3. In a single phase alternating current shaded pole induction motor: a stator core member comprising at least one pair of pole portions respectively having pole faces defining a bore for receiving a rotor member, each of said pole portions having a main pole section and an auxiliary pole section, each main pole section having a pole face span of approximately four-fifths of the pole pitch of its pole portion,each of said pole portions having a shading coil embracing the respective auxiliary pole section and less than one half of the respective main pole section; and field windings respectively arranged on said main pole sections. I
4. In a single phase alternating current shaded pole induction motor: a stator core member comprising at least one pair of pole portions respectively having pole faces defining a bore for receiving a rotor member, each of said pole portions having a main pole section and an auxiliary pole section, each auxiliary pole section having a pole face span of approximately one-fifth and each main pole section having a pole face span of approximately four-fifths of the pole pitch of the said pole portions, each of said pole portions having a shading coil embracing the respective auxiliary pole section and less than one half of the respective main pole sections; and field windings respectively arranged on said main pole sections.
5. In a single phase alternating current shaded pole induction motor: a stator core member comprising at least one pair of pole portions respectively having pole faces defining a bore for receiving a rotor member, each of said pole portions having a main pole section and an auxiliary pole section, each auxiliary pole section having a pole face span of approximately one-fifth and each main pole section having a pole face span of approximately four-fifths of the pole pitch of said pole portions, each of said pole portions having a shading coil embracing the respective auxiliary pole section and approximately one-quarter of the respective main pole section; and field windings respectively arranged on said main pole sections.
6. In a single phase alternating current shaded pole induction motor: a stator core member comprising at least one pair of pole portions respectively having pole.
having a pole face span of approximately 36 electrical degrees and each of said main pole sections having a pole face span of approximately 144 electrical degrees, each of said pole portions having a shading coil embracing all of the respective auxiliary pole section and a. part of the respective main pole section with a span of approximately 72 electrical degrees; and field windings respectively arranged on said main pole sections to the exclusion of said auxiliary pole sections.
7. A single phase alternating current shaded pole induction motor comprising: a stator core member having at least one pair of pole portions respectively having pole faces defining a bore, each of said pole face portions having a pole face span of electrical degrees, each of said auxiliary pole sections having a pole face span of approximately 36 electrical degrees: and each of said main pole sections having a pole face span of approximately 144 electrical degrees, each of said pole portions having a shading coil embracing all of the respective auxiliary pole section and a part of the respective main pole section with a span of approximately 72 electrical degrees; field windings respectively arranged on said main pole sections to the exclusion of said auxiliary pole sections; and a closed slot low resistance squirrel cage rotor member concentrically arranged within said stator core member bore.
References Cited in the file of this patent UNITED STATES PATENTS Wilson May 21, 1935 Chang Aug. 28, 1956
US738386A 1958-05-28 1958-05-28 Shaded pole motor Expired - Lifetime US2975311A (en)

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Cited By (7)

* Cited by examiner, † Cited by third party
Publication number Priority date Publication date Assignee Title
DE1298617B (en) * 1966-09-09 1969-07-03 Schoenbacher Starting device for single-phase induction motors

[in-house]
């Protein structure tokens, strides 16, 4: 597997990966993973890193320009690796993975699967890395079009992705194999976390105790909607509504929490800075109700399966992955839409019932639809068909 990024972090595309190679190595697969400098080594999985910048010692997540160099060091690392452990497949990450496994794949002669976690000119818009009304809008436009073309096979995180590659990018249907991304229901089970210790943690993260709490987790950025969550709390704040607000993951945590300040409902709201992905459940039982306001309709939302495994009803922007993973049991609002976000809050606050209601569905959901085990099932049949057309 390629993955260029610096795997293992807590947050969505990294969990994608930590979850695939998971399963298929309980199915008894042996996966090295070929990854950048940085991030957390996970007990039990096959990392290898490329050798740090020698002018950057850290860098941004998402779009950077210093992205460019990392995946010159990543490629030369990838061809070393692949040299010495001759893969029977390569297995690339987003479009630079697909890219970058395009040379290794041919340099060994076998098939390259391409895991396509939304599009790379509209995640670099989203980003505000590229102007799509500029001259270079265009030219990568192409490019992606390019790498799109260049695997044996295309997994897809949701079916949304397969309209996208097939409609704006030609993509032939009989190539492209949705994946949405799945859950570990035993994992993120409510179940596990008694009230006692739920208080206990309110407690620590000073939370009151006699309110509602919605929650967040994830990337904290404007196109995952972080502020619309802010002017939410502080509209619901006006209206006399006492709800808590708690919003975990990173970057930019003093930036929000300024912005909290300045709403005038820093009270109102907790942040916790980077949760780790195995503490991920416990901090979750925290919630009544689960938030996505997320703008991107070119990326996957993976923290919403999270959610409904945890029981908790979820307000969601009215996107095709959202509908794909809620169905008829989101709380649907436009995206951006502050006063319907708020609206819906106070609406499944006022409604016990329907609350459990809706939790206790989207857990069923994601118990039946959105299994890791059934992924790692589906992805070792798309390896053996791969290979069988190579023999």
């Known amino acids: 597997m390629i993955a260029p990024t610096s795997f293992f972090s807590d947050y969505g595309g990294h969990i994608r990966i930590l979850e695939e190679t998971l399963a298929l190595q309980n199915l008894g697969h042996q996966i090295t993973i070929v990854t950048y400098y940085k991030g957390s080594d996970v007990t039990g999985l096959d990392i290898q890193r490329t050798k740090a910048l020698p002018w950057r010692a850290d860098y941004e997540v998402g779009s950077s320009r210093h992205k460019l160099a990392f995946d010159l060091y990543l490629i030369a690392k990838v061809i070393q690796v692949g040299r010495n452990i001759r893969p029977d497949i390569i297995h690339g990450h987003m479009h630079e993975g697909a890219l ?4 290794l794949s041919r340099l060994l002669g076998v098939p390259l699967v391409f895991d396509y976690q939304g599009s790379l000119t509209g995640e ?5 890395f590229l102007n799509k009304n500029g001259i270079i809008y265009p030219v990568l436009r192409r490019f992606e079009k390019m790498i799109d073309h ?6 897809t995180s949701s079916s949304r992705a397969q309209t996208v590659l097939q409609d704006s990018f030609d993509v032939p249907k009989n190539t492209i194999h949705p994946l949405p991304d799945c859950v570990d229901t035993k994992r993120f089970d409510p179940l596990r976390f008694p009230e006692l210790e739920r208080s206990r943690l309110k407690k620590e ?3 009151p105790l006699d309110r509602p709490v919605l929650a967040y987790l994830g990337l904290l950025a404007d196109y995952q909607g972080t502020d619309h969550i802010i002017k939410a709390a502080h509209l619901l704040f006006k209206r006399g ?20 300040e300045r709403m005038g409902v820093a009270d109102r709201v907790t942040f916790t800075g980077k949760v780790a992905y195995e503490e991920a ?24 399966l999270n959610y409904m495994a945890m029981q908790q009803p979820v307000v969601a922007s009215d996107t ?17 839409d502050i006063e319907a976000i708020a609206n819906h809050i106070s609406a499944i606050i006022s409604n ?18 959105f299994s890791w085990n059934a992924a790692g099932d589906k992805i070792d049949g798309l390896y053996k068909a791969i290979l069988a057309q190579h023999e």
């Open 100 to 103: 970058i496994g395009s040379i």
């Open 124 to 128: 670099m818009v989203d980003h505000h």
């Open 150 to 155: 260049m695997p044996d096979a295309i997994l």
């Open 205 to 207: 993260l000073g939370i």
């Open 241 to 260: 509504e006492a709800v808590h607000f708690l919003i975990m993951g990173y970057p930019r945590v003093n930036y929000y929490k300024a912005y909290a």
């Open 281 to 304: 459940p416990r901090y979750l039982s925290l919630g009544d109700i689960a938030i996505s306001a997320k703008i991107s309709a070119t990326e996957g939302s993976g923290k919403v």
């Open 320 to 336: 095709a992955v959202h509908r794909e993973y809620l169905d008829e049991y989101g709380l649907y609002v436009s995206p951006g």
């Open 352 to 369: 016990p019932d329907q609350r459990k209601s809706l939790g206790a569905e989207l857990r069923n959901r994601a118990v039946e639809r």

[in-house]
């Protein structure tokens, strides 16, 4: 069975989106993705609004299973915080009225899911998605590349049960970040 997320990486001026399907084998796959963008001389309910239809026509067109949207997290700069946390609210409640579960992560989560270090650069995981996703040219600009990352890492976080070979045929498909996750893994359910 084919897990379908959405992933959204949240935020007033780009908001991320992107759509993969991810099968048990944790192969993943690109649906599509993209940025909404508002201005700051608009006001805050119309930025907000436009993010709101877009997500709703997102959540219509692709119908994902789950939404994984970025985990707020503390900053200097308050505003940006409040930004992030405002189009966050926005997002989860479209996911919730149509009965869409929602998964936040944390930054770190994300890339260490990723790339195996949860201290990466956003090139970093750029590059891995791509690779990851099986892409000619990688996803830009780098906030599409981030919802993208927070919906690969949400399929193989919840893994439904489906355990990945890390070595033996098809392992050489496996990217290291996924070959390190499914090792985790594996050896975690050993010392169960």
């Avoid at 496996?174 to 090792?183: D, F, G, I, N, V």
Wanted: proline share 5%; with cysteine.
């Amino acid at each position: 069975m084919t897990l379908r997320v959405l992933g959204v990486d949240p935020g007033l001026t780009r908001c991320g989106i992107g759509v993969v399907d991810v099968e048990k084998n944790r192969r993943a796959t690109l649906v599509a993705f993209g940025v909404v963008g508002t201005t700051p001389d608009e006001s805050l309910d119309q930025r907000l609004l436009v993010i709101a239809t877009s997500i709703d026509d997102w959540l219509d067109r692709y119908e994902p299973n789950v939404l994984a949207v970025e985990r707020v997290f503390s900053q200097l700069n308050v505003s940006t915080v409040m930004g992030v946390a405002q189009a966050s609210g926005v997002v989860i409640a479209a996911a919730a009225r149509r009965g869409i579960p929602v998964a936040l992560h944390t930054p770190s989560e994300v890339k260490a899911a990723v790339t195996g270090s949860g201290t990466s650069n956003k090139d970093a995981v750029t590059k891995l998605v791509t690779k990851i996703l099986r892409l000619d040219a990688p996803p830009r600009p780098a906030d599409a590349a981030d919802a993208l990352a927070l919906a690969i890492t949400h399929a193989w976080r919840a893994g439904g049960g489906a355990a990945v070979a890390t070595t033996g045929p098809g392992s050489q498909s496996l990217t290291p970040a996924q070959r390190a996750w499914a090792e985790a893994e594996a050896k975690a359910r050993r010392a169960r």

US3959678A (en) * 1972-10-02 1976-05-25 General Electric Company Concentrated winding salient-pole shaded pole motors having multiple short circuited shading coils for each pole
US4229095A (en) * 1979-01-29 1980-10-21 Eastman Kodak Company Electro-optical color imaging apparatus
USRE30585E (en) * 1978-05-17 1981-04-21 General Electric Company Concentrated winding salient-pole shaded pole motors having multiple short circuited shading coils for each pole
US20020130581A1 (en) * 1999-06-29 2002-09-19 Sanyo Electric Co., Ltd. Brushless DC motor and refrigerant compressor employing the motor
US20100054972A1 (en) * 2008-09-03 2010-03-04 Yong Bin Li Fuel pump
US20120119690A1 (en) * 2010-02-16 2012-05-17 Noriyoshi Nishiyama Synchronous electric motor drive system

Citations (2)

* Cited by examiner, † Cited by third party
Publication number Priority date Publication date Assignee Title
US2002382A (en) * 1934-04-06 1935-05-21 Alexander M Wilson Single phase motor
US2761082A (en) * 1952-11-12 1956-08-28 Robbins & Myers Split pole motor

Patent Citations (2)

* Cited by examiner, † Cited by third party
Publication number Priority date Publication date Assignee Title
US2002382A (en) * 1934-04-06 1935-05-21 Alexander M Wilson Single phase motor
US2761082A (en) * 1952-11-12 1956-08-28 Robbins & Myers Split pole motor

Cited By (11)

* Cited by examiner, † Cited by third party
Publication number Priority date Publication date Assignee Title
DE1298617B (en) * 1966-09-09 1969-07-03 Schoenbacher Starting device for single-phase induction motors
US3959678A (en) * 1972-10-02 1976-05-25 General Electric Company Concentrated winding salient-pole shaded pole motors having multiple short circuited shading coils for each pole
US4131814A (en) * 1972-10-02 1978-12-26 General Electric Company Concentrated winding salient-pole shaded pole motors having multiple short circuited shading coils for each pole and methods of making same
USRE30585E (en) * 1978-05-17 1981-04-21 General Electric Company Concentrated winding salient-pole shaded pole motors having multiple short circuited shading coils for each pole
US4229095A (en) * 1979-01-29 1980-10-21 Eastman Kodak Company Electro-optical color imaging apparatus
US20020130581A1 (en) * 1999-06-29 2002-09-19 Sanyo Electric Co., Ltd. Brushless DC motor and refrigerant compressor employing the motor
US6703748B2 (en) * 1999-06-29 2004-03-09 Sanyo Electric Co., Ltd. Brushless DC motor and refrigerant compressor employing the motor
US20100054972A1 (en) * 2008-09-03 2010-03-04 Yong Bin Li Fuel pump
US8622722B2 (en) * 2008-09-03 2014-01-07 Johnson Electric S.A. Fuel pump
US20120119690A1 (en) * 2010-02-16 2012-05-17 Noriyoshi Nishiyama Synchronous electric motor drive system
US8896178B2 (en) * 2010-02-16 2014-11-25 Panasonic Corporation Synchronous electric motor drive system having slit windings